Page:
I have to tell you a bit of a story about finding Steven Rigolosi. It was this year at Malice and what lead to finding him is this. I was there with Tom and we were looking at buying books from the book room. Well I was captivated by this cover, didn't know a thing about the book just that I knew I loved the cover and had to get it. Well when I went back it wasn't there so I had thought for sure that I missed out. Well long story short, as this isn't my post, I went back the next day and there were a pile f his books. The gorgeous cover and all! So I bought it, then the hunt was on! Jeff Cohen and I went looking for him because I had to meet the Brilliant author of this book. We searched and searched with no luck. Tom however found him for us and made my day. Steven is a great guy and I am very glad to have met him and read his book! It's Amazing!!
Here is the cover:
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Welcome Steven and thank you for joining us today.
Between Worlds with Miss Felicity Prim
by Steven Rigolosi
Many who’ve seen the jacket of my debut cozy, The Outsmarting of Criminals: A Mystery Introducing Miss Felicity Prim, ask about the period in which it’s set. Admittedly, the cover – illustrated by the supremely talented J.E. Larson – evokes a feeling of bygone days, with its black-and-white motifs and its winking nod to Edward Gorey and the heroines of Gothic fiction. But the setting is contemporary: The book takes place in modern-day Manhattan and far-suburban Connecticut, to which Miss Prim flees after being mugged.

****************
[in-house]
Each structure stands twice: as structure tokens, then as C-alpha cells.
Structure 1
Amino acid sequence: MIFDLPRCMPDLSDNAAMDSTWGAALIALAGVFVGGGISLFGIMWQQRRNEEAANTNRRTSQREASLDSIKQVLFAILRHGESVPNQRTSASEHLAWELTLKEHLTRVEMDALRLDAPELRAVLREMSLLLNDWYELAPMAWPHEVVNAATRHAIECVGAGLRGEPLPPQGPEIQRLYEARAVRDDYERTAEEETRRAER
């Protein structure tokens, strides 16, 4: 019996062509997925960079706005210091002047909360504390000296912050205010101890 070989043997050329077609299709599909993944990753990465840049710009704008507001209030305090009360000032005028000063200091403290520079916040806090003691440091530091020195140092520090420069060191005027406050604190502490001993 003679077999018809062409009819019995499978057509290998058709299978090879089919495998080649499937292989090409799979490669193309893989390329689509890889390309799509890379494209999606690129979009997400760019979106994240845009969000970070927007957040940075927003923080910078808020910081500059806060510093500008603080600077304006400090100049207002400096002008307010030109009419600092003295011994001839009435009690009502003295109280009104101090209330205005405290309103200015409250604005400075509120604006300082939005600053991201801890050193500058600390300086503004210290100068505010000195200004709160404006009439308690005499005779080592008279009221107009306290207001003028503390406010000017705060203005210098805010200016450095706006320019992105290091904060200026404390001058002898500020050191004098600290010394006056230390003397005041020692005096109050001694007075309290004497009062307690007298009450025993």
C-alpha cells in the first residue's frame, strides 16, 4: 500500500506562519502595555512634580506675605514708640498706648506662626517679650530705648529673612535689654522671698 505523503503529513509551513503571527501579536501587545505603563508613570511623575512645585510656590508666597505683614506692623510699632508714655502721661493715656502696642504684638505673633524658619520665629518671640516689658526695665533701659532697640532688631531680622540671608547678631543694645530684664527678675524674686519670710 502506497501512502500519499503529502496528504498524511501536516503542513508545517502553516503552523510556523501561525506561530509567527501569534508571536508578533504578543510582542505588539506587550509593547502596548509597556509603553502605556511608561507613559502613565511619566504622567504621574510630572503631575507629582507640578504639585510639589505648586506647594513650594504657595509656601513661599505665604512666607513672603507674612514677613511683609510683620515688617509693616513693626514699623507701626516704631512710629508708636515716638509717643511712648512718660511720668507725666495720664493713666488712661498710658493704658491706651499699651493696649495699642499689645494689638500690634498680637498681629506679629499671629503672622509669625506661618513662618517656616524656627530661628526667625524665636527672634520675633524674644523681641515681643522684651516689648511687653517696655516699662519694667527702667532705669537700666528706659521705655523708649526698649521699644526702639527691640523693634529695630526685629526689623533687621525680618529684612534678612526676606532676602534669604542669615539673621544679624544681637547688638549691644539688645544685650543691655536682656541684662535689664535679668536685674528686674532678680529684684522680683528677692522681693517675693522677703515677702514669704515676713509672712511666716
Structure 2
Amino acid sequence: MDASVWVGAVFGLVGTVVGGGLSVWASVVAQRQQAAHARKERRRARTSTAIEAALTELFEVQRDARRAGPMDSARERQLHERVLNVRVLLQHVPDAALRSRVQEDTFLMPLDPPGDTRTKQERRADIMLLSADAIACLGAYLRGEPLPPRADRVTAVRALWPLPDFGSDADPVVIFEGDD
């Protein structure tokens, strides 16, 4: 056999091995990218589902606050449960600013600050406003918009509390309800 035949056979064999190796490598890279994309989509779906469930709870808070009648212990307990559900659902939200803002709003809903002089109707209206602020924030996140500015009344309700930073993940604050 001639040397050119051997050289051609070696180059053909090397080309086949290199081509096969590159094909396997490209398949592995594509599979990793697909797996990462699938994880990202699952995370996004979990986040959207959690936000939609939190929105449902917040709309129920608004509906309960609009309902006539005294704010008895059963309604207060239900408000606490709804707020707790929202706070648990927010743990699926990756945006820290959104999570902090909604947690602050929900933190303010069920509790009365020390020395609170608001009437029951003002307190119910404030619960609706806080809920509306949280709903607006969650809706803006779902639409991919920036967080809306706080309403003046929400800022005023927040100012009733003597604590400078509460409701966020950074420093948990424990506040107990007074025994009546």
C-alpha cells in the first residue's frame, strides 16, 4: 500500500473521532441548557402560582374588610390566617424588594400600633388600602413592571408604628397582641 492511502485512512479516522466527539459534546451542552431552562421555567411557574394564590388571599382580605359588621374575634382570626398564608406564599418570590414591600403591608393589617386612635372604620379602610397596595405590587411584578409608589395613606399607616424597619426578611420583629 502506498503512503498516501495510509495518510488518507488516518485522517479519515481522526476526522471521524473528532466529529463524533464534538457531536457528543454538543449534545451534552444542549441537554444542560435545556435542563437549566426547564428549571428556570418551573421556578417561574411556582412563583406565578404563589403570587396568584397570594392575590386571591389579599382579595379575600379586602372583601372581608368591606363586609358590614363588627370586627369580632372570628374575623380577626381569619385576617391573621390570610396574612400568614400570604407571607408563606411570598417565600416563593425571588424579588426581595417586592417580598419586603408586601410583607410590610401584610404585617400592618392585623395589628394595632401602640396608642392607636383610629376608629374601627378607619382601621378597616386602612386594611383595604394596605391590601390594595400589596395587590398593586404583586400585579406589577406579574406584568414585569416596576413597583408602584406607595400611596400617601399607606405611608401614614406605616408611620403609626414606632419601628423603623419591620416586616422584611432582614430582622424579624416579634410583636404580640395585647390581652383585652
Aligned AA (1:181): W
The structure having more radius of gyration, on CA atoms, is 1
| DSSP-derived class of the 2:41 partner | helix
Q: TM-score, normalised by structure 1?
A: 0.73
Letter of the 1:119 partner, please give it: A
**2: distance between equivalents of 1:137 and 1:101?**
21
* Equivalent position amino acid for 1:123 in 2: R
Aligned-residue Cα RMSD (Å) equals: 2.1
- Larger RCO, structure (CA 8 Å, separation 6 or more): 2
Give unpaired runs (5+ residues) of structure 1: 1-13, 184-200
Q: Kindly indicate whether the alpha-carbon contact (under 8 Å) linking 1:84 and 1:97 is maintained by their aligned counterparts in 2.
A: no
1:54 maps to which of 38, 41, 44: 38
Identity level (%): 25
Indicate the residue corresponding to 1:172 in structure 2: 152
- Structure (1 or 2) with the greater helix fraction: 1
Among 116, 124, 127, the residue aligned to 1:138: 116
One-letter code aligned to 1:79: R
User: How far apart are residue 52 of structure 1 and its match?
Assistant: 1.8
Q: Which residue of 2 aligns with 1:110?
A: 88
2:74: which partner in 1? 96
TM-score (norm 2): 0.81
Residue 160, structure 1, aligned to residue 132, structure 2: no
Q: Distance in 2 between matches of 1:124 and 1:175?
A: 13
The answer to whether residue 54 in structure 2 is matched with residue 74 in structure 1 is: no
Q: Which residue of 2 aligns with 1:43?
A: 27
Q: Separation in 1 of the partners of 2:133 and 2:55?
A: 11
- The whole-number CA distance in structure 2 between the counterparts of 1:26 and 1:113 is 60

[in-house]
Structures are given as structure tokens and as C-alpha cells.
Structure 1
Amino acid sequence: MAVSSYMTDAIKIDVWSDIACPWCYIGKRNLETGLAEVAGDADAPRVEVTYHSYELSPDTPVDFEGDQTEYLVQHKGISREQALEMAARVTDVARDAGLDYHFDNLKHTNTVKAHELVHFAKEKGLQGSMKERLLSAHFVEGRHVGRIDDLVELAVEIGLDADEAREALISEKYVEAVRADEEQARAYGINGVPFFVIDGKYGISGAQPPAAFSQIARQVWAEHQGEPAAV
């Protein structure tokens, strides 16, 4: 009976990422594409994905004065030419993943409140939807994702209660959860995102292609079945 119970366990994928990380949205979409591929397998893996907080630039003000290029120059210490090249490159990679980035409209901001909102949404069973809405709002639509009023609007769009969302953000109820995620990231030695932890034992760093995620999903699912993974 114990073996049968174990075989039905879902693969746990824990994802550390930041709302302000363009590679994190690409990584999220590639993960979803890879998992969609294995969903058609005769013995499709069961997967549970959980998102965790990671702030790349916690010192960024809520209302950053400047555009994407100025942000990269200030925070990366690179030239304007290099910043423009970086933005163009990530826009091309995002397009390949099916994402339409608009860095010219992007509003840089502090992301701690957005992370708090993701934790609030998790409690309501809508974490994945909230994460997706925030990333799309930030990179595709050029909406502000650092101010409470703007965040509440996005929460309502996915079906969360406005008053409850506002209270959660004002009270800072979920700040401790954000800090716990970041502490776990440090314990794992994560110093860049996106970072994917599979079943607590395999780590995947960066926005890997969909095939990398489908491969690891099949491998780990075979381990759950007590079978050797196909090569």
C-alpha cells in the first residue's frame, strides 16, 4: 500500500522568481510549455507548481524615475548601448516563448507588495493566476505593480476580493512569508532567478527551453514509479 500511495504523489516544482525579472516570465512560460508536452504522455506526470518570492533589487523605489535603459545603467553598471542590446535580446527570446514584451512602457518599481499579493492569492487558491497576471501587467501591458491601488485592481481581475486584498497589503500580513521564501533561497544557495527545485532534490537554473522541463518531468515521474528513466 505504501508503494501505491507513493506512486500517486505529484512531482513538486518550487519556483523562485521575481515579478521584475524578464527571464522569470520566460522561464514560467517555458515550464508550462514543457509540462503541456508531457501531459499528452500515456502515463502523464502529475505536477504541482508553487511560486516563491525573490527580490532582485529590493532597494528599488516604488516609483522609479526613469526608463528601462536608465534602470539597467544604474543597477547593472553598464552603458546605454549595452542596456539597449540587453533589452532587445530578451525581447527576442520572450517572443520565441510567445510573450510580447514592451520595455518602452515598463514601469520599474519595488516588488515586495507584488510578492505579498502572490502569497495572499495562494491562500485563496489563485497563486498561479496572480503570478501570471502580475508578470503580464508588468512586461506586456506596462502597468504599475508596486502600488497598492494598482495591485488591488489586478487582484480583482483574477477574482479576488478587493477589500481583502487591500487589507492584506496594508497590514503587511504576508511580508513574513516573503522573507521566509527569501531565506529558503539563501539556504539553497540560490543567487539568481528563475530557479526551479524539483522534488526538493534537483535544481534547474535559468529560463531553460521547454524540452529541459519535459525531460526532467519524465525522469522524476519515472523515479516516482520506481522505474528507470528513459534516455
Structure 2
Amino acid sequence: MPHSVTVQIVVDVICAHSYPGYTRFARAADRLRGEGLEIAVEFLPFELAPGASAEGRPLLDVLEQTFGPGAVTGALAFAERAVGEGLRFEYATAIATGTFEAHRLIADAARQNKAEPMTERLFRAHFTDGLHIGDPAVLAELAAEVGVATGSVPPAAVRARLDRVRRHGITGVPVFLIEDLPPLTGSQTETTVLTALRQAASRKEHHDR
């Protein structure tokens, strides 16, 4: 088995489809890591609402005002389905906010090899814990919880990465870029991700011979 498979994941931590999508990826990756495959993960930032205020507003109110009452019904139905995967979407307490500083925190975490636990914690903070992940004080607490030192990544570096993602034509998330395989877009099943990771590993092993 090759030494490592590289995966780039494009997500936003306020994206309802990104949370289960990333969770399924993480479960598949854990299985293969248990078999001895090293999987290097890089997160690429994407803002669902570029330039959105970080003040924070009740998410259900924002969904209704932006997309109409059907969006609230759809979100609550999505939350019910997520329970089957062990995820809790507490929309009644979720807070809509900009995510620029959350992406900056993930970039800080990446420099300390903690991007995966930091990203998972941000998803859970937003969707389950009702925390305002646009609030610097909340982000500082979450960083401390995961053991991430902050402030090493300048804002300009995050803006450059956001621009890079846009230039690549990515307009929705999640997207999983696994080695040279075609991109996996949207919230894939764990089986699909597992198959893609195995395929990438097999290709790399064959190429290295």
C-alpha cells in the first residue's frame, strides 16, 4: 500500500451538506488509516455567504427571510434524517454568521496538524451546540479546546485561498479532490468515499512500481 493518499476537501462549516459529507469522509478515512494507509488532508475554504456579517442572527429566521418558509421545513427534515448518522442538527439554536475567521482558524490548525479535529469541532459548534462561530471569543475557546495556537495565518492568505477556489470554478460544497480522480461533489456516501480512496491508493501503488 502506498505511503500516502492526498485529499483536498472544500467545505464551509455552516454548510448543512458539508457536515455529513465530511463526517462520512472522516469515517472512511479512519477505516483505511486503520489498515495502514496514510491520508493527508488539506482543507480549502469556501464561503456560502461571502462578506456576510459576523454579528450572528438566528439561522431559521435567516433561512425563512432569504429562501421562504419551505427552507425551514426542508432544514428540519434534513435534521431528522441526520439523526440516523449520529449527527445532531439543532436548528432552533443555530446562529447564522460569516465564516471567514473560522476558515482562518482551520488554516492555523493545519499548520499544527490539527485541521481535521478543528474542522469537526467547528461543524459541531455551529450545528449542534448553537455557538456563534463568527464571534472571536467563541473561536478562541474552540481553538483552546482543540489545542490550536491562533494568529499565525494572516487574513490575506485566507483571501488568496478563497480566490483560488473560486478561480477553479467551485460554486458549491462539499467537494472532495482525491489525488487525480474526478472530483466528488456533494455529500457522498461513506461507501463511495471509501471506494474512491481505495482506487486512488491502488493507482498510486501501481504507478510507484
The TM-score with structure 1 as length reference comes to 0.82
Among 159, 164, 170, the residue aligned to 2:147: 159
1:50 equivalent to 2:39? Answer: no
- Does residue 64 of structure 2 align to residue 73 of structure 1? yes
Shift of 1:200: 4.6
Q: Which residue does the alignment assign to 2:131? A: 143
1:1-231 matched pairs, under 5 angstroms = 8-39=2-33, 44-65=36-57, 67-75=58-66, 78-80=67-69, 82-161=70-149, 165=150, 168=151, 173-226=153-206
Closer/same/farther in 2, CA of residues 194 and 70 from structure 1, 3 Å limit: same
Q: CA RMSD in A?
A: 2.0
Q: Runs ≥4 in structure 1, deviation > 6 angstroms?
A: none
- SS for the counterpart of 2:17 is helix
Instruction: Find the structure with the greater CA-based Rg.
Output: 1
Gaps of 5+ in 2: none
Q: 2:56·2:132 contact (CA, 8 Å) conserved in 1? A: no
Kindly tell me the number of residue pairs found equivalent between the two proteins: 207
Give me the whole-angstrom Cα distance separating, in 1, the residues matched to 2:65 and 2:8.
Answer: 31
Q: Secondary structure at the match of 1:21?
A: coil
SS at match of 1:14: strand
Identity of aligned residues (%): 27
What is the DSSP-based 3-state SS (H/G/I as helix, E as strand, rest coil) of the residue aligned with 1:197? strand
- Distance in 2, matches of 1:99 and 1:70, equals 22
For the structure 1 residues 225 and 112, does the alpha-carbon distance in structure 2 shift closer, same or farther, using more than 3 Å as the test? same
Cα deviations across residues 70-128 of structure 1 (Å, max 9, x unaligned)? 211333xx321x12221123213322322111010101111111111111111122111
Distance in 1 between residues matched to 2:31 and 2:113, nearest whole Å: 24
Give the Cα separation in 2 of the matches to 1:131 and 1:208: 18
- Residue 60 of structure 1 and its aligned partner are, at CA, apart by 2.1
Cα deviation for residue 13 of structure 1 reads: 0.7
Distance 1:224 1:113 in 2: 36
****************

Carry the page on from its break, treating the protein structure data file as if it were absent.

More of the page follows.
I love when I hear the book described as “old-fashioned,” because I think many lovers of the cozy mystery use that phrase as a compliment. By using the phrase, I think, they point to the fact that the book has almost no profanity. The murder (because of course there has to be one) takes place off stage, and there’s no sex (though there is some romance and a burgeoning love triangle with Miss Prim at the apex). The Outsmarting of Crimimals is old-fashioned, too, in that most of it takes place in a traditional New England village, with a green, a square, a popular local tavern, and a motley crew that comprises the local police force. Finally, I think, the book’s traditional quality is cemented by Miss Prim’s insistence that she will solve the case using her little gray cells and her understanding of human nature, not forensic evidence and databases.